In the U.S., 2012 was the warmest year since national record keeping began in 1895. From January through December, the 4,451 U.S. weather stations that have been tracking temperatures for at least 30 years measured nearly 31,000 high-temperature records but only 5,900 lows. That’s the largest ratio of high to low records ever. “There is a lot of natural variability in these numbers,” says Claudia Tebaldi, a senior scientist at the independent research organization Climate Central. “But it’s definitely behavior that has the imprint of a warming climate.” Scientists say this trend will continue. A report published last year by the Intergovernmental Panel on Climate Change predicted that the lifespan of individual high-temperature records will continue to shorten: heat records that would likely have stood for twenty years in recent times will topple after an average of just two years by the end of the century.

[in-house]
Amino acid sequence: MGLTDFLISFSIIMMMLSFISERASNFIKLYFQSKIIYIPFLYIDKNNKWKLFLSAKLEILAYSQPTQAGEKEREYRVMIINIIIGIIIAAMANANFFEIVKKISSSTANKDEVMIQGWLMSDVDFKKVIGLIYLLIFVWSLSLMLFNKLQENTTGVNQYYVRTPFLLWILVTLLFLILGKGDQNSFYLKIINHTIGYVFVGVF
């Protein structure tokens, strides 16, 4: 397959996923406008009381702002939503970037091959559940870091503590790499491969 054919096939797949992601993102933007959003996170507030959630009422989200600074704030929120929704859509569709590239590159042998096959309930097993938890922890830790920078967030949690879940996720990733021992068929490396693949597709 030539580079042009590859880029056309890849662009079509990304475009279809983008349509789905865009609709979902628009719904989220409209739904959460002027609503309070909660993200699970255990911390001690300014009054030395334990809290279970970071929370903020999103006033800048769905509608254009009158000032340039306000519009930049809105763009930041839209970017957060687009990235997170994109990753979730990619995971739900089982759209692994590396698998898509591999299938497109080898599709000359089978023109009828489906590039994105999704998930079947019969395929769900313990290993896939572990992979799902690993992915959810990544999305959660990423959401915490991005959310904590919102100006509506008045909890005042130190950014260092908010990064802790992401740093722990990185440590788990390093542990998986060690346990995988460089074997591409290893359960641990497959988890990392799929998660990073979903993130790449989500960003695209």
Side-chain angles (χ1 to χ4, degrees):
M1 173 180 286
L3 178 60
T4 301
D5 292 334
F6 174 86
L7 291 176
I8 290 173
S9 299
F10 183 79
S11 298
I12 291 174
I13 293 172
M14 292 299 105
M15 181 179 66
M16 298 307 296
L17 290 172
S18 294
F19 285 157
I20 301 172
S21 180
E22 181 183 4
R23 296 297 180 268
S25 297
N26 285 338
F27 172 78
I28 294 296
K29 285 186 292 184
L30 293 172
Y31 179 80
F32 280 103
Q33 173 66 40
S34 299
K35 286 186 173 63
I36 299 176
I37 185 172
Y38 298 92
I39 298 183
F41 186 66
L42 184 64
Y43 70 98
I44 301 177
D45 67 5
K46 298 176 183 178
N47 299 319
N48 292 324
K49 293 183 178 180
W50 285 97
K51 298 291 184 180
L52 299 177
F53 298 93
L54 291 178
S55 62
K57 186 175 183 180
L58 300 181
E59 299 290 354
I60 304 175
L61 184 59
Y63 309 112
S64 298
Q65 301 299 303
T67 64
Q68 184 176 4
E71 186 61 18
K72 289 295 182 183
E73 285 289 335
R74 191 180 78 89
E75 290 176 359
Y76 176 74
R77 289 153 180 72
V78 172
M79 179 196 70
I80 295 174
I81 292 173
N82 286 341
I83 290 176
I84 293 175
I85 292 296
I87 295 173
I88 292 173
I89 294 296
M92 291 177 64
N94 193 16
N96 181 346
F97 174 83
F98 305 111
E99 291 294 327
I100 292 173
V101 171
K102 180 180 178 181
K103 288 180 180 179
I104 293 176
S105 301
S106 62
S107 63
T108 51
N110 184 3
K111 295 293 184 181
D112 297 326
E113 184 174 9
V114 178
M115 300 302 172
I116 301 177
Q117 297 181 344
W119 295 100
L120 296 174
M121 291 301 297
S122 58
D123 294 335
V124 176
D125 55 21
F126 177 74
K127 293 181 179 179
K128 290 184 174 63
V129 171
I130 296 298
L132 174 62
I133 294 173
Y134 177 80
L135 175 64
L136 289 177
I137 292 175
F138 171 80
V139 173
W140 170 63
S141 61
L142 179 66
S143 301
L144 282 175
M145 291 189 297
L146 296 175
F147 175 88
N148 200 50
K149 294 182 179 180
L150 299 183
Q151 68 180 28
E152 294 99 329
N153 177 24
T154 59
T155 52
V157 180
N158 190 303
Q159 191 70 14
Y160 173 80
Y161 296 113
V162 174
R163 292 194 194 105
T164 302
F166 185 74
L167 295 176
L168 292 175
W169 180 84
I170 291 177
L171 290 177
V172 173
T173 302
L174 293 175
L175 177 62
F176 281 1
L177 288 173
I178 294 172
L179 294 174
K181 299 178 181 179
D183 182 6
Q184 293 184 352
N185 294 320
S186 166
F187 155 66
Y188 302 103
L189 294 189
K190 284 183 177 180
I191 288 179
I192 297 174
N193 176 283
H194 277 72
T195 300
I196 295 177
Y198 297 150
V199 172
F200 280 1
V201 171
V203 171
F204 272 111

- A springtime heat wave resulted in the warmest March since record keeping began.
- Wisconsin and 24 other states experienced the warmest March on record.
- In March, three Michigan high temperature records were beaten by a margin of 32°F.
- On March 20, some 700 records were tied or broken–the most on a single day in 2012. It was 89°F in Columbia, South Carolina, that day.
- The oldest high-temperature record that fell in 2012 was beaten when the mercury hit 87°F at Elko Regional Airport in Nevada on April 22.
- A heat wave from June 23 to July 9 produced 324 all-time records, mostly in the Midwest and Southeast. The hottest among them: 118°F in Norton, Kansas, on June 28.
- July 2012 was the single warmest month on record in the U.S.
- The three hottest days were recorded in Death Valley: 128°F on July 12, and 126°F on August 9 and 10.
- Sidney Municipal Airport in Nebraska logged 59 record highs, the most of any weather station.
Mouse over the timelines below to see the value of each data point:
About these visualizations:
On the U.S. maps, each gold point represents one of the 4,451 U.S. weather stations that has been recording temperatures for at least 30 years, the length of time the National Climatic Data Center uses as its standard for establishing a record. The area of the circle around each point represents the number of temperature records set to date at that station.
The interactive bar chart compares the relative numbers of high- and low-temperature records set each year, which corrects for the fact that more stations are established every year.
The data for all these visualizations comes from the National Climatic Data Center.